It is true that there are free energy generators available, but no one has used them in a practical way, including solar. But that doesn’t mean that these generators don’t exist – they did, because free energy generators were invented long ago, and people were able (in the 1980s) to run on them for a short period before being discovered to be not very useful. But their development happened too quickly, and because of that, they have not received the attention which they deserve. It is not surprising that there are many other ideas out there for generating free energy – but they should be funded and funded well, to support their progress.
What about energy storage?
An energy storage system consists of batteries that allow the energy in free energy to be stored in some form in the future to be used when the demand rises again. These batteries are built into a network of power stations, so that when the demand rise is present, there are power stations that take charge of the power generated by the free energy generators. This is done by batteries, which, in turn, take charge of a central power plant. There is a wide range of energy storage methods: the first two of which were invented by Thomas Edison in the 1860s, one of which was built in California, and two others are being developed now by companies like Cephalon, who have already built a network in China. There are various kinds of stored energy storage systems: there are the traditional battery arrays, where the electric current is stored in ceramic tiles (which can be reused), in the form of a grid-connected cable; the other is in the form of the battery-storage systems; and we have the various types of batteries that store the free energy in the form of small, compact devices that can be transported by airplane or rail or truck or ship or boat or train (for example, solar panels). The other kind of “storage” is in the form of the many types of electric generators (electric motors, batteries, hydrogen fuel cells) that can be connected to a charging network and thus produce electrical power when they should be used, so that electricity has to be paid for once it is generated.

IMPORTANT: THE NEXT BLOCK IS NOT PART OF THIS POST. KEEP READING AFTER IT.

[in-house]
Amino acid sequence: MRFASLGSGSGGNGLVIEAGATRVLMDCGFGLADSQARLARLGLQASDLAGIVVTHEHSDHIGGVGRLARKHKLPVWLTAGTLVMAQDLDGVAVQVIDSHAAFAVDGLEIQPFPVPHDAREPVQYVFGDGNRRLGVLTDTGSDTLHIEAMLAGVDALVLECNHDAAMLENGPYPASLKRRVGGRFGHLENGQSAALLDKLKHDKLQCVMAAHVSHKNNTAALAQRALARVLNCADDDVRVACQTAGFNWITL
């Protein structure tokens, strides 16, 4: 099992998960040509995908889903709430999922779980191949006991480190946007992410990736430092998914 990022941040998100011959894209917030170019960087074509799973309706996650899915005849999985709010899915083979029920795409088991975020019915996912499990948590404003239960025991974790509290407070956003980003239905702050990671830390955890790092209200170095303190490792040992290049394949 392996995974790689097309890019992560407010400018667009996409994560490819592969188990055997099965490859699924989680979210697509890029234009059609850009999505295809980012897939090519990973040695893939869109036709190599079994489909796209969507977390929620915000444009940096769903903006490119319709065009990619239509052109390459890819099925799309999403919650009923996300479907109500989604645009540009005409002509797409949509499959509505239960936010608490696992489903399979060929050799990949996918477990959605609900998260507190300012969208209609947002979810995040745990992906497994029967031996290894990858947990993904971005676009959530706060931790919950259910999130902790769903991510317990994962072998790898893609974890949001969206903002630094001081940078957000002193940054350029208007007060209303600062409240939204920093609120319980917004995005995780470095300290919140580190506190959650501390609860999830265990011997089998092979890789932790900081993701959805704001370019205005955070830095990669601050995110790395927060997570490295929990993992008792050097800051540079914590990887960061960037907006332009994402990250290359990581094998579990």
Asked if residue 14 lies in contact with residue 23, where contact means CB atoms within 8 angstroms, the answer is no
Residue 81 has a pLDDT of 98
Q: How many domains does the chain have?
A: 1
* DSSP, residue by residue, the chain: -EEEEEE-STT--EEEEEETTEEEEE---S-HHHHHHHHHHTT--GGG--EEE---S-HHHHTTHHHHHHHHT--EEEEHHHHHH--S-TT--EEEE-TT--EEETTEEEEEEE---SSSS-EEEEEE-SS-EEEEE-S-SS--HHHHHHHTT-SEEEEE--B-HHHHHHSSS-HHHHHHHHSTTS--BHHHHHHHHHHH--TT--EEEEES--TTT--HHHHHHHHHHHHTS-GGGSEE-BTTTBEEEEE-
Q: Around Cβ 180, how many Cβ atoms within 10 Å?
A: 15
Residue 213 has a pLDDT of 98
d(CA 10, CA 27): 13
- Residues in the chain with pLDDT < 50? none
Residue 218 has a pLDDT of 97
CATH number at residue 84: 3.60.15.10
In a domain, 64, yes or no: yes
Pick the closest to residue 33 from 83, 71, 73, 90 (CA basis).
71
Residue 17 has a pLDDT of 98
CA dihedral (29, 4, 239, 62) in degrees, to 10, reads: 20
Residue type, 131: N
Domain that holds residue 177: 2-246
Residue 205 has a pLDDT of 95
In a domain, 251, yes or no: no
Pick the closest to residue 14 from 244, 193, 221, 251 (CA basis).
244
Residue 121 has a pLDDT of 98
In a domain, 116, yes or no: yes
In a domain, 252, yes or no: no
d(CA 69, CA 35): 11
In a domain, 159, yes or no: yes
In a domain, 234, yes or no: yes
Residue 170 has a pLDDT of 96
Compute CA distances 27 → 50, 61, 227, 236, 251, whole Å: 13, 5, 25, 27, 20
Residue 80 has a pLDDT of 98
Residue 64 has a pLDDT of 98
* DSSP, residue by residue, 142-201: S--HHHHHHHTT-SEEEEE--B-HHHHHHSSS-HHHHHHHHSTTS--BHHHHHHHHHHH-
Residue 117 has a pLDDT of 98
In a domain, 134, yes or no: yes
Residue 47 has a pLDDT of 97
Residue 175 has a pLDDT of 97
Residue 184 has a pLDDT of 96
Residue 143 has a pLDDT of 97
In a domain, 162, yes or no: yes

Do you have a particular energy-saving strategy in mind?
I think that the current trend is to replace the “dirty” fossil fuels (hydrocarbons and nuclear power, both of which have significant greenhouse gas emissions) with the “clean” renewables. But the shift to renewables will have to be gradual because it
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